Fen has been less patient of late with other dogs when out and they are afraid she may hurt the puppy.

I have seldom met a more patient and tolerant dog than Fen. Even when out she very rarely has reacted to another dog and then only when provoked. Their older dog had died and Fen probably feels a bit more anxious now without her.

The lady and the young daughter in particular are anxious. Very wisely they now have puppy Bailey in a crate when the two dogs are in the same room.

Introducing new puppy to black labrador

Fen

Fen is absolutely fine with sniffing Bailey through the bars. She is perfectly relaxed in the same room as her but she doesn’t want to be jumped on or interfered with. She needs to get used to him first.

.

People often do things the wrong way round.

One thing I find is that people usually restrain the older dog on a lead and let the puppy bound all over the place. This is wrong.

It should be the puppy that is restrained on lead. Fen can then sniff and interact with him if and when she wishes, knowing that she can escape out of his reach at any time.

They also need the kitchen door gated so that puppy can have freedom from the crate and people can relax. If they are constantly worrying and can’t leave both dogs alone, Fen is sure to pick up on it. Introducing a new puppy through a gate works best. Both dogs are free – and safe.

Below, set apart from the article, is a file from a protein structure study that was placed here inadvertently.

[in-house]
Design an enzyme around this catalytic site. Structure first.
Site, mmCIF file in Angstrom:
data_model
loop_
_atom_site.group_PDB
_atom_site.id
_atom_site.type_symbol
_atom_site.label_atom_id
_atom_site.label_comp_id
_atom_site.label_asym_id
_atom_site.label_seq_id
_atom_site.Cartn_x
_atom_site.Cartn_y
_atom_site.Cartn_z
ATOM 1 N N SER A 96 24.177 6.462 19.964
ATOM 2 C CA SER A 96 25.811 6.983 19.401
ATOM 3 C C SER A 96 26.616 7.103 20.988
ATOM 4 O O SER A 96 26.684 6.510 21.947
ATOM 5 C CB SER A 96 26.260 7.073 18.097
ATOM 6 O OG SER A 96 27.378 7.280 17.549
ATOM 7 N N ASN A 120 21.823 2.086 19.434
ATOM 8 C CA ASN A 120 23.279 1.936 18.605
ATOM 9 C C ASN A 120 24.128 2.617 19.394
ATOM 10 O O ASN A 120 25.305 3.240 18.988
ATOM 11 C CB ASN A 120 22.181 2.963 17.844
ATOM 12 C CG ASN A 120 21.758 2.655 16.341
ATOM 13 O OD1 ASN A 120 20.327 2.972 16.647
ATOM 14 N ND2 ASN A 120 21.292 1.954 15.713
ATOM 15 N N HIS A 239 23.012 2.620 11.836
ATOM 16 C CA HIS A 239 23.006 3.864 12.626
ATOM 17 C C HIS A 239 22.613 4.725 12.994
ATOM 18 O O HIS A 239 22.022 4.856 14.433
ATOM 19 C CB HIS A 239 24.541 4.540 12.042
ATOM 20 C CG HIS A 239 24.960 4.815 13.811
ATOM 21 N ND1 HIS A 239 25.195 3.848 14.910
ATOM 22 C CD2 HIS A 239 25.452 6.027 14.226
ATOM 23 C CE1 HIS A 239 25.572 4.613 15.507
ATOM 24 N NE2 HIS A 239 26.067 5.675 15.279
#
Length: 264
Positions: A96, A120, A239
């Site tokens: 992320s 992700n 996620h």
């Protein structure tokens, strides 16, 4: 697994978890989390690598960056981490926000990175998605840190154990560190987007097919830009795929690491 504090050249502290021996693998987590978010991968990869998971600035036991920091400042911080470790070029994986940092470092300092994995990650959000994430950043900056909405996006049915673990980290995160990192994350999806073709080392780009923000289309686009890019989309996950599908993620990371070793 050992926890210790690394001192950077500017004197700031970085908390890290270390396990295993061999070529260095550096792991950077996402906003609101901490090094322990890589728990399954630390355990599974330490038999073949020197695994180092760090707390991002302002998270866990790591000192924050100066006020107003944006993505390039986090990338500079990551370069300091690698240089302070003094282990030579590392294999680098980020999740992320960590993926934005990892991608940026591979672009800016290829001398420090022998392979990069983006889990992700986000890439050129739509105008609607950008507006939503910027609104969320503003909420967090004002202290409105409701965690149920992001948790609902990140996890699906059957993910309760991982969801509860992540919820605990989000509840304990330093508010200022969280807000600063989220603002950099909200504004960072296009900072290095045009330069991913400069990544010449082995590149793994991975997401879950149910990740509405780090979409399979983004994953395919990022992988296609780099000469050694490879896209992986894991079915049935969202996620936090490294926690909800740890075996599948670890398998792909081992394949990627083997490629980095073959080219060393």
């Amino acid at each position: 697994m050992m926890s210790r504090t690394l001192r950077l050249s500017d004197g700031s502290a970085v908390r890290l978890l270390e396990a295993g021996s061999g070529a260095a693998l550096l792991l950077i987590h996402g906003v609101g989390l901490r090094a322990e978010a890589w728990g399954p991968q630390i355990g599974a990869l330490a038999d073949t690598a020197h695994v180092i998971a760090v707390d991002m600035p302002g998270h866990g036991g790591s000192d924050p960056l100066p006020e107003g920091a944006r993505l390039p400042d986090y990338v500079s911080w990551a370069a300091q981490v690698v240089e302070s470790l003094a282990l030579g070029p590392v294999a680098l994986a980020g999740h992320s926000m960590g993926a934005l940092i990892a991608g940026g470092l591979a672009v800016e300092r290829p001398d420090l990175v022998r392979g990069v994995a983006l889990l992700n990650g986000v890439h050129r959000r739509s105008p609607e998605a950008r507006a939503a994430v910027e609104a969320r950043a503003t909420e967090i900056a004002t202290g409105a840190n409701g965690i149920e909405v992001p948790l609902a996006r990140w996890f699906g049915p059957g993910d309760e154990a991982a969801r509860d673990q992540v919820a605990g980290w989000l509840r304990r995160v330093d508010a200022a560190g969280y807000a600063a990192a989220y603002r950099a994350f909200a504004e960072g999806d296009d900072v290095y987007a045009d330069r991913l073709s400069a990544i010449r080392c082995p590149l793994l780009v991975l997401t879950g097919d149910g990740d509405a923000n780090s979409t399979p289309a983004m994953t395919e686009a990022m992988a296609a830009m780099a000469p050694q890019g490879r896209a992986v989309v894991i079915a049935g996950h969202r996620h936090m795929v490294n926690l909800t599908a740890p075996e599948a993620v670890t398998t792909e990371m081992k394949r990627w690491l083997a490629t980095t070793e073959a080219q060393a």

Good associations should be actively built up and with Fen food will work best. At the gate, or when Bailey is in the same room and on lead, she can be fed tiny and specially tasty bits of food – and so can Bailey

The garden is a great place to introduce a new puppy. The puppy on lead with older dog free (perhaps trailing a lead if the people are anxious).

It’s important that little Bailey doesn’t experience provoked aggression or anger from Fen at this crucial stage in her life. She needs to know that other dogs are nice and she should grow up to be a gentle and sociable adult dog herself. A little later when the two are freely together, any play that becomes too rough should be interrupted immediately for the same reason.